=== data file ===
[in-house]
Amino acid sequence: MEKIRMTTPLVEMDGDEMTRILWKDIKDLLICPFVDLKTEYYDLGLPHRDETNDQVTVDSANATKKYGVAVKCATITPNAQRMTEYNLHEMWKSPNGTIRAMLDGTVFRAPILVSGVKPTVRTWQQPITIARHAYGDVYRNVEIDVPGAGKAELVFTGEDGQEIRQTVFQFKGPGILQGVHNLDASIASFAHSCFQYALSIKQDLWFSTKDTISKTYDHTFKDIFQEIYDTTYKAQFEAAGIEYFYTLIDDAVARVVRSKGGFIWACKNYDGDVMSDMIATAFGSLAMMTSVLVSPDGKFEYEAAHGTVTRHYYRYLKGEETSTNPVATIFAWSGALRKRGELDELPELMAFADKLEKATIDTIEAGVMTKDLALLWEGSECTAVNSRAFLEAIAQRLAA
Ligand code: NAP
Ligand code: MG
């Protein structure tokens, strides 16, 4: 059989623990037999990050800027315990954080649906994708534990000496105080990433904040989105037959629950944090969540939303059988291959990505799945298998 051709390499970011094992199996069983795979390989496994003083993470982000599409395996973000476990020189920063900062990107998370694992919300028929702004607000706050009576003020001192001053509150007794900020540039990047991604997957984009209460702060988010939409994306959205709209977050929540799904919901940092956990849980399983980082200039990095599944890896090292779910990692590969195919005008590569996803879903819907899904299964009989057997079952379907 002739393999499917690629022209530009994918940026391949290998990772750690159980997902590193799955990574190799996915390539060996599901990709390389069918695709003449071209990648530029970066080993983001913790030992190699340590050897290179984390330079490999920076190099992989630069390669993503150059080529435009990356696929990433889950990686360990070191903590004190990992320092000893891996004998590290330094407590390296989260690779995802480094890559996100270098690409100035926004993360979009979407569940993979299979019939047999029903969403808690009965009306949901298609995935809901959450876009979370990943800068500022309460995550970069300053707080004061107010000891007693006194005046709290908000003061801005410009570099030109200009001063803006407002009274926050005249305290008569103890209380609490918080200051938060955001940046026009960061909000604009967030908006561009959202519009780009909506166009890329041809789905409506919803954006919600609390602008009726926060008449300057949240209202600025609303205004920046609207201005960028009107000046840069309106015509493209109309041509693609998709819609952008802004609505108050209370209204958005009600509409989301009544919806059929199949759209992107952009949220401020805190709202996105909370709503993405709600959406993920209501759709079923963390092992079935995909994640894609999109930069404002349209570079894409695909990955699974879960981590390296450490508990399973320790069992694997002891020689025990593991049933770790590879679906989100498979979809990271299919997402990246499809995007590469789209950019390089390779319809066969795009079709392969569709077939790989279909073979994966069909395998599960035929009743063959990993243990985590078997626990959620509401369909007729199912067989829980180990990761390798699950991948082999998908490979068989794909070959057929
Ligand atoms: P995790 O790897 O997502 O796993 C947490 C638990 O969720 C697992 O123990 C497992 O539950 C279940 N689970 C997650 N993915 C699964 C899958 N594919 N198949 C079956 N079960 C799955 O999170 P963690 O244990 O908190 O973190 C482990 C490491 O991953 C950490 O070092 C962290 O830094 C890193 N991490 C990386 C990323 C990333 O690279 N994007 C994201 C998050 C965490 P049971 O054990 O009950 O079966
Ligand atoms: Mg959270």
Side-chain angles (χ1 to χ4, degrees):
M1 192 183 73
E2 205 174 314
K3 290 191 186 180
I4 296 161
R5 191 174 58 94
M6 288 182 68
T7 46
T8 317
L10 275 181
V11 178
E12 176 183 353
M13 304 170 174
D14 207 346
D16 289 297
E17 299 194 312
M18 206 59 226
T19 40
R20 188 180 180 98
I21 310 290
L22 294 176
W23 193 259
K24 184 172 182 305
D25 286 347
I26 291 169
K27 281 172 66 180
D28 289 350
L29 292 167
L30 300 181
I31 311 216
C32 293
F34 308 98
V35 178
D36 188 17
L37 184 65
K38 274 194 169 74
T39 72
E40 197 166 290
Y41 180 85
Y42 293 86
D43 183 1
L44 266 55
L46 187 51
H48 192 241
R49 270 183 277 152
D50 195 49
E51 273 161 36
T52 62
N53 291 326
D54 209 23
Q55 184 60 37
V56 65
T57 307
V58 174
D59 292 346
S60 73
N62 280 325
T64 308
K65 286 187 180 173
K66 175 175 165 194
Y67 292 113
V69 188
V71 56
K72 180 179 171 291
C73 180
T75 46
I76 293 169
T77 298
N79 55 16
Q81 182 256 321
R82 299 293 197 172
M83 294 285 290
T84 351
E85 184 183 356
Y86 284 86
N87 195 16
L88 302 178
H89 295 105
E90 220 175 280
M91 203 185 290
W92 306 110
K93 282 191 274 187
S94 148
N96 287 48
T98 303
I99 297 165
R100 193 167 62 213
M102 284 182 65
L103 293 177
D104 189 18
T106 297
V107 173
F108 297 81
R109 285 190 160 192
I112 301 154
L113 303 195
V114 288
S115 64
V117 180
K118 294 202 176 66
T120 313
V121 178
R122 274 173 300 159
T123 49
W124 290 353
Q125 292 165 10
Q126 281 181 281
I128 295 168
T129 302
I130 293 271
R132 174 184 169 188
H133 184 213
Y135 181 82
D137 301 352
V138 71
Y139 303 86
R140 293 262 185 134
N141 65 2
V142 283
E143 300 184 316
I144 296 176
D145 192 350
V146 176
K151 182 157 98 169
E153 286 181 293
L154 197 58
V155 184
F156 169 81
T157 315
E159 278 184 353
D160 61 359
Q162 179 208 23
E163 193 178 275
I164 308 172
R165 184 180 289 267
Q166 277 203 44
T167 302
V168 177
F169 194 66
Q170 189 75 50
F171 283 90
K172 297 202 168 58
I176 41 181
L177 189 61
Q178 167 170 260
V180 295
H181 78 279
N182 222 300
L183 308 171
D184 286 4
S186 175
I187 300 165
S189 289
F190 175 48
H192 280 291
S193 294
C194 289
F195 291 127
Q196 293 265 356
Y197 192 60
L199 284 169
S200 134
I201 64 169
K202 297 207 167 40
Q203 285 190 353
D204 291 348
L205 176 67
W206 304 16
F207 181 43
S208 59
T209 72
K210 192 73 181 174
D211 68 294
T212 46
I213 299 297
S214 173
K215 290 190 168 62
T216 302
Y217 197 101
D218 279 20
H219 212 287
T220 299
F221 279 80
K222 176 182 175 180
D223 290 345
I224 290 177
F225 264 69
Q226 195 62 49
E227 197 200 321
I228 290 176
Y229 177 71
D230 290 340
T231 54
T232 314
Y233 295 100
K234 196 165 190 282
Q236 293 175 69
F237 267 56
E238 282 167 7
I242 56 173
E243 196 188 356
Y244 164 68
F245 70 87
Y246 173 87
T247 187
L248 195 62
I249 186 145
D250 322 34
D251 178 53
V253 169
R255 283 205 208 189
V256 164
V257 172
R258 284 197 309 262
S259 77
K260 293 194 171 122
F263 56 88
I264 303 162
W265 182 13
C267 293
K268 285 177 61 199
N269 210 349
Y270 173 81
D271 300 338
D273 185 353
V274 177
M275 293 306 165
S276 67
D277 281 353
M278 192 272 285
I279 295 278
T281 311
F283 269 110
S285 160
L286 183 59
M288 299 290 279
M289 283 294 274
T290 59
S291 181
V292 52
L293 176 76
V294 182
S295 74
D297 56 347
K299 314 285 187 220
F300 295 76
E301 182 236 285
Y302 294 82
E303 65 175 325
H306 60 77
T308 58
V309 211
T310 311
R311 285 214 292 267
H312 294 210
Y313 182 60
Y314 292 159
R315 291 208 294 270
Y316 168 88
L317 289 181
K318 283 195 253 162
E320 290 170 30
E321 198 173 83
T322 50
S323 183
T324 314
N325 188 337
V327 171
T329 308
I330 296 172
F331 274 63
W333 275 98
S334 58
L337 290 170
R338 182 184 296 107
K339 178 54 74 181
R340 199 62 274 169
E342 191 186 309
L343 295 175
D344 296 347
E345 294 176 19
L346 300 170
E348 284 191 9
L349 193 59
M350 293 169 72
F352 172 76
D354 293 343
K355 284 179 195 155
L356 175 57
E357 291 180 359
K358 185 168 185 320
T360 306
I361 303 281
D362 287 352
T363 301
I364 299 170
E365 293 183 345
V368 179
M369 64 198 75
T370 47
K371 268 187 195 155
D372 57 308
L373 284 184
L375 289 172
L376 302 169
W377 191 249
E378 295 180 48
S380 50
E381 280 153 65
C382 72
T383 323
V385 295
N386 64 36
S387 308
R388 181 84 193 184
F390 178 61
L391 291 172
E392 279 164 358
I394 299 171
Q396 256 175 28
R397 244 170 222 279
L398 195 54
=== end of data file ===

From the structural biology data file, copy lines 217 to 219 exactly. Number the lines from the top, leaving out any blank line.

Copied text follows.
V253 169
R255 283 205 208 189
V256 164